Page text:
When most of us looked at the characters from Among Us, we probably thought something along the lines of “Ha beans funny,” and then forgot about it. But here’s the thing: we know that the beans from Among Us are humans (I’ll get to why in a second). Assuming humanity doesn’t destroy itself first, Among Us might become a reality.
First off, just for you skeptics who think the astronauts aren’t humans, let me explain why they are, just in an advanced stage of evolution. Firstly, variations of human brands, most notably in the vending machine on the map ‘MIRA HQ.’
Variations of human brands can be seen inside the machine, like Mountain Dew (Don Dew), an energy drink likely based off of Gatorade, and a Starbucks canned coffee. This is the most obvious example, and I can’t go over all of them, but suffice to say, they are humans. If we can’t agree on that, well, you’re going to have a hard time with the rest of the article.
Now to the beans themselves. We know from the “Medbay Scan” task on all three maps that they are three feet, six inches and weigh only 92 pounds. Just for reference, the average 14 year old in the US weighs 105 to 112 pounds, so assuming that these are full grown adults, they’re very light. But that’s actually not a surprise. If you have any semblance of interest in space, you probably know that spending long periods of time in reduced or 0G environments causes problems with muscle mass and bone strength. Astronauts on the International Space Station are required to exercise frequently. In the future, when we colonize places like the Moon and Mars, exercise equipment like treadmills and weights will be among the equipment they will be given to survive. They will need to use these things daily to stop bone and muscle degradation.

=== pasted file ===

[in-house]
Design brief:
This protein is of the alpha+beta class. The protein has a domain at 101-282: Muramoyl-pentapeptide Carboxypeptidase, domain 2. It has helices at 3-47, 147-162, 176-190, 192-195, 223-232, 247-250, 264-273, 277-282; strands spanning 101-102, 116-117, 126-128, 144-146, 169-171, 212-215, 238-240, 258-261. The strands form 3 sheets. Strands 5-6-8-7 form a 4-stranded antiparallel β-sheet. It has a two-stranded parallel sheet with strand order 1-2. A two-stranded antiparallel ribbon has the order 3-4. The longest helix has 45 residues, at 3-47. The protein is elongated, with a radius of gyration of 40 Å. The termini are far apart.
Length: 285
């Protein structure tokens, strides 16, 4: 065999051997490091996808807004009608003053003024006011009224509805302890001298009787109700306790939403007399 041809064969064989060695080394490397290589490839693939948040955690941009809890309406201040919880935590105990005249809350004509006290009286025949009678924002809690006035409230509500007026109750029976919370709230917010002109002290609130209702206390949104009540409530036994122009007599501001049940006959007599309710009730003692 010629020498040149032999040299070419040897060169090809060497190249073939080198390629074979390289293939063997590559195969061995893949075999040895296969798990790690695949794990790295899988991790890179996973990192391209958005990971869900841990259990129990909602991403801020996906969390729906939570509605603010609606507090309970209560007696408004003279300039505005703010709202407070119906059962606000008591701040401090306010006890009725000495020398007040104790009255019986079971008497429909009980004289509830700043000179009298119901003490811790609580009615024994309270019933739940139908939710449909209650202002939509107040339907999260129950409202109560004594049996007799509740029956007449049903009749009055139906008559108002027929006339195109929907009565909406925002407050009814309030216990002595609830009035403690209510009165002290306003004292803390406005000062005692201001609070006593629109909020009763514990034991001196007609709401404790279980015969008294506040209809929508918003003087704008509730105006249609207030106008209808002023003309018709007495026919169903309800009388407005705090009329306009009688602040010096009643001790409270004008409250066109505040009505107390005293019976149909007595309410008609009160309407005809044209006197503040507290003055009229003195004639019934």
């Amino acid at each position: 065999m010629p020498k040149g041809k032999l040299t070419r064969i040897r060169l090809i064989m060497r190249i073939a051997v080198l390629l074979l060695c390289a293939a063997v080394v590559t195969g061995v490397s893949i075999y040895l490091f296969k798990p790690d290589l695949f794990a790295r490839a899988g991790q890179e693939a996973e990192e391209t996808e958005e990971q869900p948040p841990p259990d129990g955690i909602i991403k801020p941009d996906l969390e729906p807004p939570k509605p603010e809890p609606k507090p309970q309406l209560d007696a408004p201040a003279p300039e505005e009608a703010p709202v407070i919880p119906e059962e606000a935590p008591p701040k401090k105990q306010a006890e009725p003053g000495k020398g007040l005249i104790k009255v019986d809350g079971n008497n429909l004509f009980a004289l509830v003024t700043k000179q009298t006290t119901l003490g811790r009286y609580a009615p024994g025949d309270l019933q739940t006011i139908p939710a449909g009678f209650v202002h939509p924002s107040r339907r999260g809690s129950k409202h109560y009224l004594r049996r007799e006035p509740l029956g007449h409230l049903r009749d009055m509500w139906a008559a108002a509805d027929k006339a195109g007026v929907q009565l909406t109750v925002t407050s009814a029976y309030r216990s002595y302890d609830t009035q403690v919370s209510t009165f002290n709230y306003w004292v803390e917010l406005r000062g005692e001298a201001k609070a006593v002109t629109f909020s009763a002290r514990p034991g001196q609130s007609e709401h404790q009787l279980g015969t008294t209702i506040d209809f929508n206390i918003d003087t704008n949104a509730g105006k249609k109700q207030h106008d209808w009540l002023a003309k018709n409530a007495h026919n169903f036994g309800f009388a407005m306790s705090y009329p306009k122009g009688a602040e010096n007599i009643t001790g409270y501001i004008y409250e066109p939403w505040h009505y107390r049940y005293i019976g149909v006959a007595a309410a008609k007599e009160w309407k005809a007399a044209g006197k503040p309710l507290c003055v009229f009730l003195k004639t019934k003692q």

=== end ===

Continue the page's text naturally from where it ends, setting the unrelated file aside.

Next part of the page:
As you might imagine, all this exercise is time consuming. So it would make sense for Space Exploration Operations (SEOs) to select lighter, shorter, and overall smaller people, since they have less of a need for exercise, so they can devote more time to other tasks, like the ones you do aboard The Skeld, Mira HQ, and Polus. There’s another reason for SEOs to select smaller astronauts – they’re lighter.
Space travel – and especially space exploration – is very hard, very expensive, and very dangerous. Kurzgesagt (A German science & politics informational YouTube channel) put it best: “Getting to space is hard. Right now, it’s like going up a mountain on a unicycle with a backpack full of explosives. Incredibly slow, you can’t transport a lot of stuff, and you might die.” Not a pretty picture. The more stuff you need to put on a spaceship, the heavier it gets, and the more propulsion you need to add, adding to the expenses of the operation. It gets even more expensive when you add humans into the mix. If any system fails during the launch the entire crew will most likely die, such as in the Apollo 1 tragedy (January 27, 1967) or the Challenger disaster (January 28, 1986). Failsafes and extra precautions must be taken to maximize the chances of a safe launch and return flight for the crew. This of course means more weight, more propulsion, and more money. Lighter, smaller astronauts mean that less space is needed to house them in the spacecraft, and three astronauts weighing 92 pounds is a lot less than 3 astronauts weighing 113 pounds. 63 fewer pounds can make much more of a difference than you might think. There’s also the fact that smaller people eat less, since their bodies don’t need as much fuel as larger people. This would allow for the amount of food resources to be scaled down on longer term missions, for example, The Skeld’s voyage to Mira HQ and then to Polus.
So there you have it. Smaller, lighter, and cheaper astronauts are the future. Most, if not all, people alive in the present moment won’t see it. The most we could possibly see in our natural lifetimes is the beginning of Mars’ colonization, but hey, if we’re exploring our solar system and colonizing planets, we might be able to artificially hibernate (a technology speculated to be absolutely necessary for interstellar exploration and colonization) and extend our life spans to see the days when everyone is 3’6” and you’re giant.